National Institute for Occupational Safety and Health (NIOSH) researchers compiled a fairly comprehensive list of 45 self-escape competencies that were organized into the following categories: knowing something, where to find something, how to use something, how to decide something, and what to do before beginning an evacuation (Peters & Kosmoski, 2013). Some of the critical self-escape competencies identified in this list are below:

  • Self-Contained-Self-Rescue (SCSR) donning and switching.
  • Realistic expectations about using SCSRs (e.g., breathing resistance).
  • The five tactile shapes on a lifeline and what they mean.
  • Firefighting skills.
  • How the mine ventilation system functions and ventilation leakage.
  • Primary and secondary escape routes from mines.
  • How to understand and read a mine map.
  • Communication systems.
  • Barricading.
  • Realistic expectations about using refuge chambers.

Knowing the best ways to train and sustain these competencies is fundamental to ensuring the self-escape of mine workers during an emergency. To that end, NIOSH researchers interviewed nine mine safety trainers to learn more about the subject area of mine safety training, evaluation, what gaps exist in mine safety training, and how they can be addressed to improve mine workers’ SEC. Trainers were dispersed across four states and had a combined total of 154 years of mine safety training experience. Six of the participants transitioned from a career in underground coal mining to safety training and five had experience training mine rescue teams, showcasing their subject matter expertise regarding safety issues in the coal mining industry. Based on the gaps these trainers identified, suggestions are offered to help those who train coal miners improve the content and evaluation of their safety trainings.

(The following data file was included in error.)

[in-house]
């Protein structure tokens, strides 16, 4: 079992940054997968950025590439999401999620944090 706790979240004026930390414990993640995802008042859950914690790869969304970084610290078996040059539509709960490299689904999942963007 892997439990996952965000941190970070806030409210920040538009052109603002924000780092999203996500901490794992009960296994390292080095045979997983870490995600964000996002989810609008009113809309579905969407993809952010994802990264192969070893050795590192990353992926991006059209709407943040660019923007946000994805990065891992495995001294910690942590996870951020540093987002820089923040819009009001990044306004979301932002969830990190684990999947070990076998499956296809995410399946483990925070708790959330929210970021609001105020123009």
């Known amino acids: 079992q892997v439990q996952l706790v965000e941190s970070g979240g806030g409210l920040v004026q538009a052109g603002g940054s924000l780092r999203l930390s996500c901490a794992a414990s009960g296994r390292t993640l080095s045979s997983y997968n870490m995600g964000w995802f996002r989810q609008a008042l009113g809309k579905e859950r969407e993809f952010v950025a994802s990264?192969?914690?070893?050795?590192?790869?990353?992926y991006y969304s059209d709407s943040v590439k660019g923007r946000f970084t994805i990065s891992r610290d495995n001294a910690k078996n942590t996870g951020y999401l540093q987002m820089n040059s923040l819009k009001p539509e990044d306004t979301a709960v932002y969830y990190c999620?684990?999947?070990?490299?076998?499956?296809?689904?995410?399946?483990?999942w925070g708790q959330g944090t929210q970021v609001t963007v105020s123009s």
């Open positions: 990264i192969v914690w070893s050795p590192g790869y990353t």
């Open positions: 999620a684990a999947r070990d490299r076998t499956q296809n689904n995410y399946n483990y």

Question: How should you train miners on self-escape competencies?
Answer: Use realistic training environments to develop skills.

  • Include simulated activities or hypothetical scenarios in trainings and individually evaluate miners throughout these training activities.
  • Prioritize tasks and allow time for miners to participate in simulated or hands-on trainings for the most crucial self-escape competencies, such as donning an SCSR. Prioritization helps address the time restraint often present in new miner and annual refresher trainings.

Question: How should you evaluate miners’ self-escape competencies?
Answer: Choose the evaluation method based on the competency being trained.

  • Orally question groups or administer a written exam when evaluating whether or not a miner knows something or has proficient knowledge. For example, knowing the properties of mine gases can be evaluated by a written test and follow-up discussion with an individual or group of miners.